History Revisited: Humorous treatment!! 

By Ruchira Dhoke

Laughter is the tonic, the relief, the surcease for pain. 

-Charlie Chaplin

Image: https://laughteristhebest.wordpress.com/2010/09/25/the-health-benefits-of-humor-and-laughter/

Phylogenetically laughter ages back to 7 million years ago and has been thought to have a communicative function preceding other forms of vocalisations, such as moaning, sighing, and crying. Crying and laughing are both considered as innate mechanisms in humans. Whereas crying emerges at birth and smiling at approximately 2 or 3 weeks of age, the characteristic expiratory movement of laughter does not appear until approximately 4–6 months. 

Humour is infectious, the sound of laughter far more contagious and best of all its priceless fun, and easy to use.

Capacity to chuckle starts in the brain

Laughter can be defined as a complex emotional response to one’s external stimuli. It is one of the most complicated things that our body produces since it’s not we who choose to laugh. A roaring bout of laughter invoked while watching a stand-up comedy is involuntary based on how our brain processes what we hear and see. It’s the limbic system of the brain that sets in motion the physical reaction of laughter.

The words “humour” and “laughter” are often used in similar contexts and often interchangeably. Humour is a reaction to a stimulus such as a joke whereas laughter is a physical reaction characterised by a distinct sound with facial expression and contraction of facial muscles.

Although the ability to perceive and produce humour is highly valued across human societies, it is seldom achieved in its maximum capacity.

Healing through humour

Medicine is categorically science but it’s not just confined to an abstract pursuit of knowledge. It can also be defined as a form of art, or craft or just simple plain humour since the aim is to primarily help people in their pursuit of health.

We have been hearing the idiom “Laughter is the best medicine” for ages now, the phrase originally derived from the Bible, chapter 17, verse 22 which reads “A merry heart doeth good like a medicine: but a broken spirit drieth the bones”.

The earliest reference to humour therapy is dated back to the fourteenth century written by the French surgeon Henri de Mondeville as, “Let the surgeon take care to regulate the whole regimen of the patient’s life for joy and happiness, allowing his relatives and special friends to cheer him, and by having someone tell him jokes.” Martin Luther, in the sixteenth century used humour therapy as a part of his pastoral counselling of depressed people.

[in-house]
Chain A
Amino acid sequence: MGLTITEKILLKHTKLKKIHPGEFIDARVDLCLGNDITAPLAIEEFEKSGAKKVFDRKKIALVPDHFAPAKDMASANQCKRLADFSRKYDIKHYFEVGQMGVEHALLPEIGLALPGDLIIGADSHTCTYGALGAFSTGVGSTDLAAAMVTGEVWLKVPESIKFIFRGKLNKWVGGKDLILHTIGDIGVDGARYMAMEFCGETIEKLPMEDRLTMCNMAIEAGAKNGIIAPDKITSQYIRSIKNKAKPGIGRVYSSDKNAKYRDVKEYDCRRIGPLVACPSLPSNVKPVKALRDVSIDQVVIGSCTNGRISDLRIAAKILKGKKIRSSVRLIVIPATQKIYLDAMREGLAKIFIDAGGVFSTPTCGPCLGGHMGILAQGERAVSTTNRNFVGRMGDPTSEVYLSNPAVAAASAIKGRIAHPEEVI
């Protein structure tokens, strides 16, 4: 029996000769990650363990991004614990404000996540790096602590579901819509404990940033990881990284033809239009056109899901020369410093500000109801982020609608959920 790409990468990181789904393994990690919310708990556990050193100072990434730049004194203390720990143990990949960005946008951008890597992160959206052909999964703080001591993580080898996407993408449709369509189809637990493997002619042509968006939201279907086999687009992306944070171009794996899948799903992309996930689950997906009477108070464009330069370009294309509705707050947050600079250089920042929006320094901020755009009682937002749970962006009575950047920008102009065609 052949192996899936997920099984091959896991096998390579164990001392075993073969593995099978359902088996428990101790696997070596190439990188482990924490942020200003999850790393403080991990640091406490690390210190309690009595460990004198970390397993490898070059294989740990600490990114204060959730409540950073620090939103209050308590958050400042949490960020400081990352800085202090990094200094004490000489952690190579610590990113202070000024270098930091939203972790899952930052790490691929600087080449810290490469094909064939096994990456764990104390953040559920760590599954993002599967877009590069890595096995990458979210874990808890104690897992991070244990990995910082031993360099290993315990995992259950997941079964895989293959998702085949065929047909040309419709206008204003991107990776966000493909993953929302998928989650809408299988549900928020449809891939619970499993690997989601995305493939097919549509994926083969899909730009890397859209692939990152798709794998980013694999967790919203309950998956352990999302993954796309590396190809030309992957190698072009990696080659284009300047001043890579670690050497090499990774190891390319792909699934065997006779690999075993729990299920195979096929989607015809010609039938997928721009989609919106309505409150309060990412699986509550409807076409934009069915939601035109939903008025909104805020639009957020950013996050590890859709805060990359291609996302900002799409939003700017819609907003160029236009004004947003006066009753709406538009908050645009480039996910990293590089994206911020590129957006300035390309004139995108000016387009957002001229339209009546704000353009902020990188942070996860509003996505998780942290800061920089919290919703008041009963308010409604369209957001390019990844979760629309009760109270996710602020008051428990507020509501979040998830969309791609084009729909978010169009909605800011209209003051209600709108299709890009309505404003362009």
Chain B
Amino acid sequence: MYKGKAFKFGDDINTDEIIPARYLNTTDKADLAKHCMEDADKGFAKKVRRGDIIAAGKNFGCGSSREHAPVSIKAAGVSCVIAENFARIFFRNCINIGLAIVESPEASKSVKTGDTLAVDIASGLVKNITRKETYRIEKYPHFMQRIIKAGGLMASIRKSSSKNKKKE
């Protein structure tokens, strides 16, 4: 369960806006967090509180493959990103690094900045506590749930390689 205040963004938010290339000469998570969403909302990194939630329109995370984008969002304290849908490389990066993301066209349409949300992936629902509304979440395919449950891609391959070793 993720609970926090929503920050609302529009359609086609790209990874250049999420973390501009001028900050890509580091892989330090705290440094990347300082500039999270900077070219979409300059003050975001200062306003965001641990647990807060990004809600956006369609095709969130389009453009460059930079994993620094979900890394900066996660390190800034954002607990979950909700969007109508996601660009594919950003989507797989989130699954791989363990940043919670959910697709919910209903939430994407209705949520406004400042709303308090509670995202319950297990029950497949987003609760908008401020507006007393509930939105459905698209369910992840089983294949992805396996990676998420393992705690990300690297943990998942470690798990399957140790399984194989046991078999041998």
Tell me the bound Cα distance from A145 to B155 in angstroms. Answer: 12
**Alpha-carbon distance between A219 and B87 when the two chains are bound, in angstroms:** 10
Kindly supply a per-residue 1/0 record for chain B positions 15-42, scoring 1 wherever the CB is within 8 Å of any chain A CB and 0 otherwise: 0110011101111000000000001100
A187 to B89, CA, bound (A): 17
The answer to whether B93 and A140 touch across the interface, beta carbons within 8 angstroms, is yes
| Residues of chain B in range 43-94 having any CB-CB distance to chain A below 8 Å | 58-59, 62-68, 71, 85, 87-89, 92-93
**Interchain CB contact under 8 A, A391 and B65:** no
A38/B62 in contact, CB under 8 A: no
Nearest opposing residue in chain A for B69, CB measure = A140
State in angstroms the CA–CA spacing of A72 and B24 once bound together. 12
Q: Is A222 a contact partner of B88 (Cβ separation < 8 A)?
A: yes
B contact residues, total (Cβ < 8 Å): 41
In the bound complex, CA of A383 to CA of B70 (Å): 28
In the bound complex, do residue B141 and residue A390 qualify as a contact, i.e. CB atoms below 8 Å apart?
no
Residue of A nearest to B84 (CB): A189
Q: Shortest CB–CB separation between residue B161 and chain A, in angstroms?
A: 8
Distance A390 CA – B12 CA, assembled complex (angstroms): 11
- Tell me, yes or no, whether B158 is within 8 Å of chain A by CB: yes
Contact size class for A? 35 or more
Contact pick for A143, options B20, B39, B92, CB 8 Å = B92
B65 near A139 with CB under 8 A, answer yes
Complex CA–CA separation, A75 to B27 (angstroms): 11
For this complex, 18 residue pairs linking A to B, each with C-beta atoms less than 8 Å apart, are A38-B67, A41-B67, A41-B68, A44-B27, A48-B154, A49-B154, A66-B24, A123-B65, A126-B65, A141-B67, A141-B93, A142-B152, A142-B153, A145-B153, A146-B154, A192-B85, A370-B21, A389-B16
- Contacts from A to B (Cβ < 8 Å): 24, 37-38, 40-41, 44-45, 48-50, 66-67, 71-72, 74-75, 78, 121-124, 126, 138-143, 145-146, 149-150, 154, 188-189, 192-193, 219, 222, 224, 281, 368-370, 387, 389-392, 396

Modernization in humour therapy was seen in the 1930s in the form of clowns which were brought to hospitals to cheer children suffering from polio. A book published in 1979, Anatomy of an Illness by Norman Cousins, highlighted the importance of humour as a form of therapy by providing the details of the case where he used laughter to help ease pain while undergoing treatment for a debilitating disease of the spine also known as ankylosing spondylitis. But it was not until 1995 that laughter was considered as a form of an exercise and emerged as laughter yoga or laughter clubs.

Laughing – a micro-workout 

A study has clinically correlated that genuine voiced laughter causes a 10–20% increase in EE (energy expenditure) and HR (heart rate) above resting values, which means that 10–15 minutes of laughter per day could increase total EE by 10–40 kJ (2–10 kcal).

Laughing – immunity booster

Laughing is said to strengthen our immune system by producing antibodies and improve natural killer cell activity that help in increased resistance to diseases like cancer.

Laughing – a stress buster

A study conducted by Canadian Professor Rod Martin in 1979 supported a theory that people with a strong sense of humour were less prone to becoming anxious or depressed. Laughing can also reduce your blood pressure.

Image: https://laughteristhebest.wordpress.com/2010/09/25/the-health-benefits-of-humor-and-laughter/

Hi, myself Ruchira Dhoke. Although qualified to be a medical microbiologist, I prefer the role of a mother the most. I read voraciously and thus writing invokes a natural passion in me. Putting my thoughts into words is something I enjoy thoroughly and if those words are read, understood and followed then that’s the best form of gratitude for me.

Happy reading and keep seeking!!

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